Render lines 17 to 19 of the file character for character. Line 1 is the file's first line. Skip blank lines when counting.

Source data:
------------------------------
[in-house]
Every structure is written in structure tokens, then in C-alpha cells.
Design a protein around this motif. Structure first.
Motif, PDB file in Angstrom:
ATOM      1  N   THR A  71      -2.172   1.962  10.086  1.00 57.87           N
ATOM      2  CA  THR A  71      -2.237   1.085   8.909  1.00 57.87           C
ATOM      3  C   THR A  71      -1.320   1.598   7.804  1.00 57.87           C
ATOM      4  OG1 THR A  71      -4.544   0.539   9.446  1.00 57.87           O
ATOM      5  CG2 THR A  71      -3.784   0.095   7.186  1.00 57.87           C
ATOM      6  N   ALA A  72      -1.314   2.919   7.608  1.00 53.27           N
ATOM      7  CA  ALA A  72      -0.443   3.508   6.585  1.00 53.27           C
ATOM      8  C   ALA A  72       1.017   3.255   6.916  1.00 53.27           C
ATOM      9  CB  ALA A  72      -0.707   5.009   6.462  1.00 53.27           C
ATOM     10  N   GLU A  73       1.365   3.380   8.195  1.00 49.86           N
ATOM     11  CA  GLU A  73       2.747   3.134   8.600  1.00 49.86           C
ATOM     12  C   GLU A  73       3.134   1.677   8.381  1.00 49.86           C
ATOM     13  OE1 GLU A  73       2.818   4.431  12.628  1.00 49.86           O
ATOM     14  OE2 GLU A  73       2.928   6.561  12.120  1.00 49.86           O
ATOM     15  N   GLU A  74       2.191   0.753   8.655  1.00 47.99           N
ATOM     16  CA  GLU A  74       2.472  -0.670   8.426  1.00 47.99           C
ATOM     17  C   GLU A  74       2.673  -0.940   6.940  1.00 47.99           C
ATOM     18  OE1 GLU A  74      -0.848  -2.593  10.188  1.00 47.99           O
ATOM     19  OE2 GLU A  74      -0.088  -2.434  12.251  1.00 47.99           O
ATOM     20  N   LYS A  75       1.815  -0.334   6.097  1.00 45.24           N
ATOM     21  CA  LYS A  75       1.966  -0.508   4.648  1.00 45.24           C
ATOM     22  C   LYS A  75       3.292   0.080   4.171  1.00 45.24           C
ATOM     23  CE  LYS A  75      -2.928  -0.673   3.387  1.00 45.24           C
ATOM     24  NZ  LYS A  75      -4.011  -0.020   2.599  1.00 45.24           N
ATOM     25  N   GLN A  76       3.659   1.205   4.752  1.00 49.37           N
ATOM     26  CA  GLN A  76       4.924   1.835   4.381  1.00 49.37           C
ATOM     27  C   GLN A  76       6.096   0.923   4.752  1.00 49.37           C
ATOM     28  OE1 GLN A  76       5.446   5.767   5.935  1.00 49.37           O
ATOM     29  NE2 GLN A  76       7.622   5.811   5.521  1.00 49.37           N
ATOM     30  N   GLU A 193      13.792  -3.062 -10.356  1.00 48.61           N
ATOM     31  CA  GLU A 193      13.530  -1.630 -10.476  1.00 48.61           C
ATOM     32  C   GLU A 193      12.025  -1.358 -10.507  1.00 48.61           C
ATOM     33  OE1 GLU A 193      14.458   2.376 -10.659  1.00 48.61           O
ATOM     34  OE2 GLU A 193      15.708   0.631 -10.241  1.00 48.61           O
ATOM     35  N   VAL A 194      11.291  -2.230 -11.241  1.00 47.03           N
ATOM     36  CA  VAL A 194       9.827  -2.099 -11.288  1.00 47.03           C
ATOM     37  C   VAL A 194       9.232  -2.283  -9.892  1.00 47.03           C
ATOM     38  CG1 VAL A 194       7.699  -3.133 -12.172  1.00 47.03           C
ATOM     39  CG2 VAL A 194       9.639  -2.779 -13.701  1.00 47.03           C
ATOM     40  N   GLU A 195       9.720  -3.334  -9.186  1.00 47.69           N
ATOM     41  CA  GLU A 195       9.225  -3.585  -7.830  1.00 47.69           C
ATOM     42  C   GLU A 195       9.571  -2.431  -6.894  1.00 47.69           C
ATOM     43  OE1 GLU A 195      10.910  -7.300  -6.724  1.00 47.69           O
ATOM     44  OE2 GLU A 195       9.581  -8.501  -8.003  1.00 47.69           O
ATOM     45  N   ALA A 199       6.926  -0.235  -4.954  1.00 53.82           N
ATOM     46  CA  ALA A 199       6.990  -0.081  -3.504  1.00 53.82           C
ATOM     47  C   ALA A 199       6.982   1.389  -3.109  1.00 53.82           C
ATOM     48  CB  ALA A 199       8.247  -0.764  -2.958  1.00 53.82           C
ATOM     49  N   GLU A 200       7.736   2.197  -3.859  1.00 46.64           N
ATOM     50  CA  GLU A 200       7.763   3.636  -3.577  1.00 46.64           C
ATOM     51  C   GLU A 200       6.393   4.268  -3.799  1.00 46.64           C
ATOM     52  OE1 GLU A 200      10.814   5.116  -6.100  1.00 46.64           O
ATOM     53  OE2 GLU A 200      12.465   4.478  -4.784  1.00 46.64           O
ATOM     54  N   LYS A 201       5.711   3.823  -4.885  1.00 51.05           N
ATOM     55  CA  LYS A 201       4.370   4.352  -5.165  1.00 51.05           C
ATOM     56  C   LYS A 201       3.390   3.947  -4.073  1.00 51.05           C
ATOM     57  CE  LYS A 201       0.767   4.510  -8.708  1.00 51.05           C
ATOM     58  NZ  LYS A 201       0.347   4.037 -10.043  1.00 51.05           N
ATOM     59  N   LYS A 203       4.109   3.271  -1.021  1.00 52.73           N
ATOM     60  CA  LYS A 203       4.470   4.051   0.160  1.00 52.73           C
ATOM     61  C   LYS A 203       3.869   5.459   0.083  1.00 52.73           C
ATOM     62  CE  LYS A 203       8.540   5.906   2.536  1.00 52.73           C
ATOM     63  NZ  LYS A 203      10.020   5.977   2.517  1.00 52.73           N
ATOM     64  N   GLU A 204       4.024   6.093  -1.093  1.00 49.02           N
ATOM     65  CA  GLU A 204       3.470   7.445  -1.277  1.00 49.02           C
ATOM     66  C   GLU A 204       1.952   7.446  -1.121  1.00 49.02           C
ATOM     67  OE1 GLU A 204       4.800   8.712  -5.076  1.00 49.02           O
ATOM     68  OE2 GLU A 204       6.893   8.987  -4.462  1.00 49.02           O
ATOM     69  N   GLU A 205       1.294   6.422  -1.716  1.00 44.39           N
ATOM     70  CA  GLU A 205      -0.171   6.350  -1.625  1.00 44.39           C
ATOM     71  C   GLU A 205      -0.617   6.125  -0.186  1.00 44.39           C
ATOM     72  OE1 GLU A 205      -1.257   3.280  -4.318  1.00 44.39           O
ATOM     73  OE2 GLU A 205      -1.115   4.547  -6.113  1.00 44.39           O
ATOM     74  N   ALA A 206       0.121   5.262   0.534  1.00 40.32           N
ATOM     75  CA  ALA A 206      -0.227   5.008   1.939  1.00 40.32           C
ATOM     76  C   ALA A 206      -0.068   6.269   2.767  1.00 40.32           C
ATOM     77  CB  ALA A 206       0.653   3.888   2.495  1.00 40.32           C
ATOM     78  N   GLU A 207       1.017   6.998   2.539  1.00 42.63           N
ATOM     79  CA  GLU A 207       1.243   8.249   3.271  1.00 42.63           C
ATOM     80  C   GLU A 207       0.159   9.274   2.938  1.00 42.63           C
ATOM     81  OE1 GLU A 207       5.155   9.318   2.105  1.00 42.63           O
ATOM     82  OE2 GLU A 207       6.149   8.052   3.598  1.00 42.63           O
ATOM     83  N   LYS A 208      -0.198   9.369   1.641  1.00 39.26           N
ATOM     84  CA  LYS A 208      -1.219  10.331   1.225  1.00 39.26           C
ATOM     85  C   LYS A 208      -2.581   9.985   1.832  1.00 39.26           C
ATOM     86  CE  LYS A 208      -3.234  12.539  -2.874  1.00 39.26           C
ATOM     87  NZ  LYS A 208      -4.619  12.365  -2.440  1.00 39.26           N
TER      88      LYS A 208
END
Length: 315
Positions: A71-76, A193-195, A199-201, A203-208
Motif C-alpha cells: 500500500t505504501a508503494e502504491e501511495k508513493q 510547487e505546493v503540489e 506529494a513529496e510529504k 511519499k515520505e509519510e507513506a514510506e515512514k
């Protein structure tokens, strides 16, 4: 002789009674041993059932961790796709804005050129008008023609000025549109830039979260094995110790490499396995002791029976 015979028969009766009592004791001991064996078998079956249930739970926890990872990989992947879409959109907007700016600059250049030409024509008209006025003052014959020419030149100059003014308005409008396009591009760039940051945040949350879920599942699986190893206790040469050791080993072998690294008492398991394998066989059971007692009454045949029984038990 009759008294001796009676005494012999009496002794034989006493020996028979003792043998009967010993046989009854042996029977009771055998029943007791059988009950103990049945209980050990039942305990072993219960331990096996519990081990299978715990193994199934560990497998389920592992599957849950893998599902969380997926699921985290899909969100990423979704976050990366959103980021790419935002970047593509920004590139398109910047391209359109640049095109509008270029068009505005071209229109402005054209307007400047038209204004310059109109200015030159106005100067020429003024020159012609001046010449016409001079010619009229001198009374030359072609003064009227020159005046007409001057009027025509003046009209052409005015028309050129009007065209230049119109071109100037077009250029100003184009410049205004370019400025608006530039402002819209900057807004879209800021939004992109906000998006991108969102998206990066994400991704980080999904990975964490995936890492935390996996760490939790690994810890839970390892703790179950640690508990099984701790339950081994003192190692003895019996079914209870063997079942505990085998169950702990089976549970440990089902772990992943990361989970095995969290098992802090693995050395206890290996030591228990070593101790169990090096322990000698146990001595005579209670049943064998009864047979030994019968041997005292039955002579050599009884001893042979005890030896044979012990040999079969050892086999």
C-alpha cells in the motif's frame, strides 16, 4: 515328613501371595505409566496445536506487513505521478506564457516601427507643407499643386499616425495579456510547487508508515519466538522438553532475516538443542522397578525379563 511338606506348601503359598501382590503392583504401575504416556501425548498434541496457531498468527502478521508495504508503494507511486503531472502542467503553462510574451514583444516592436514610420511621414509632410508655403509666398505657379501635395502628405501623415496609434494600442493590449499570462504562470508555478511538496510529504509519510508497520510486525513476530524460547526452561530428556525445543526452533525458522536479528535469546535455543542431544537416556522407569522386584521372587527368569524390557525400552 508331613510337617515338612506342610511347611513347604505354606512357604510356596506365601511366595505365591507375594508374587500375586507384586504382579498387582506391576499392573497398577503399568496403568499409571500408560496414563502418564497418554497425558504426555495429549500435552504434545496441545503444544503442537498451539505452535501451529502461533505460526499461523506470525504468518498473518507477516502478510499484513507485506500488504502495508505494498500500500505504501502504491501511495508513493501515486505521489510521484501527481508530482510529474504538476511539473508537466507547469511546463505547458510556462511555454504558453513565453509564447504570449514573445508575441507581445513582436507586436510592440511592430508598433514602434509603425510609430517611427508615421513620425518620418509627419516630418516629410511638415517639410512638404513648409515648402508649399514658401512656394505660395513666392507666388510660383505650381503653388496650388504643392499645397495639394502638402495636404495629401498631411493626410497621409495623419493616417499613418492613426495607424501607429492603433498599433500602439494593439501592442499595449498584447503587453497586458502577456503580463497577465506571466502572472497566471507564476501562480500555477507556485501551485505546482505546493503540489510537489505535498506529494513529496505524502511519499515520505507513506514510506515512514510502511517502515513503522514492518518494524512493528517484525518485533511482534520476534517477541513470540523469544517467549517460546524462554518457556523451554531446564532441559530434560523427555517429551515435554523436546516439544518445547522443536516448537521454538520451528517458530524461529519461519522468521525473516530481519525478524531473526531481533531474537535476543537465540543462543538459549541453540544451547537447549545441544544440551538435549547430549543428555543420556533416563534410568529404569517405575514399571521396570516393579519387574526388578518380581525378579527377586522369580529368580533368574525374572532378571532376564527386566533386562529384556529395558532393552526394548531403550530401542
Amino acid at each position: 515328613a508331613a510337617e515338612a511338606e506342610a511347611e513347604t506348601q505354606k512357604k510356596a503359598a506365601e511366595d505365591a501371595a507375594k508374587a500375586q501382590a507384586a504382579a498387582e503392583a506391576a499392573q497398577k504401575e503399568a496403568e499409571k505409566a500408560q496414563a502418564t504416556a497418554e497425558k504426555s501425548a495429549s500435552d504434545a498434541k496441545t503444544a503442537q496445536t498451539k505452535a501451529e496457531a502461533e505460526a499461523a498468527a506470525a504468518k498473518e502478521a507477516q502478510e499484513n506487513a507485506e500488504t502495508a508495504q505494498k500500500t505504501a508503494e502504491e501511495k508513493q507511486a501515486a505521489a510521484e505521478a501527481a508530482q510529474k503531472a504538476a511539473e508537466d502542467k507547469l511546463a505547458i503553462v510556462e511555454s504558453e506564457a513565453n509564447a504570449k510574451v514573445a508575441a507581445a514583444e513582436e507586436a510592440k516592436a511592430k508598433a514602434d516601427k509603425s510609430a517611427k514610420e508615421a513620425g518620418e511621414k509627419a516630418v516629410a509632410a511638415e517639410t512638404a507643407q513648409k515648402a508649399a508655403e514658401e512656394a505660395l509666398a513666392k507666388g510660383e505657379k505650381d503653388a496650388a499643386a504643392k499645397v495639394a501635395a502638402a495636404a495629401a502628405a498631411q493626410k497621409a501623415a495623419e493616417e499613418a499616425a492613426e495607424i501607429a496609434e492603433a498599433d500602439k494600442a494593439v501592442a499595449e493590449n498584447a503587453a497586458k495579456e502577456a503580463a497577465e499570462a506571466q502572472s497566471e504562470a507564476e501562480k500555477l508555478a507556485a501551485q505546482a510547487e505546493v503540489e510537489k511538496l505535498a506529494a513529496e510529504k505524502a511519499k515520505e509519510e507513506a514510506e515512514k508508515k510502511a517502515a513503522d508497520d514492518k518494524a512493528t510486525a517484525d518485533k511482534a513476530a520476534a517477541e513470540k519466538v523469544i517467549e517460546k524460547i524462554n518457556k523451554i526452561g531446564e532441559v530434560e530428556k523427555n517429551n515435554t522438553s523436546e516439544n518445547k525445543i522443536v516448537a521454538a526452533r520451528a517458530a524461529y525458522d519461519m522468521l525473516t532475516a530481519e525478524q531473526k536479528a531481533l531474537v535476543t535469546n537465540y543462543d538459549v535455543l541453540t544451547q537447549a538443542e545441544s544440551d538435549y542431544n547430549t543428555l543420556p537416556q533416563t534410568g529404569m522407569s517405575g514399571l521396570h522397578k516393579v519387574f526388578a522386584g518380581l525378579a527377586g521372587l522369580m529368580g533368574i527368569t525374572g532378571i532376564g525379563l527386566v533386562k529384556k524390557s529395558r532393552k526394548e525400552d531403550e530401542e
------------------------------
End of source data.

ATOM     13  OE1 GLU A  73       2.818   4.431  12.628  1.00 49.86           O
ATOM     14  OE2 GLU A  73       2.928   6.561  12.120  1.00 49.86           O
ATOM     15  N   GLU A  74       2.191   0.753   8.655  1.00 47.99           N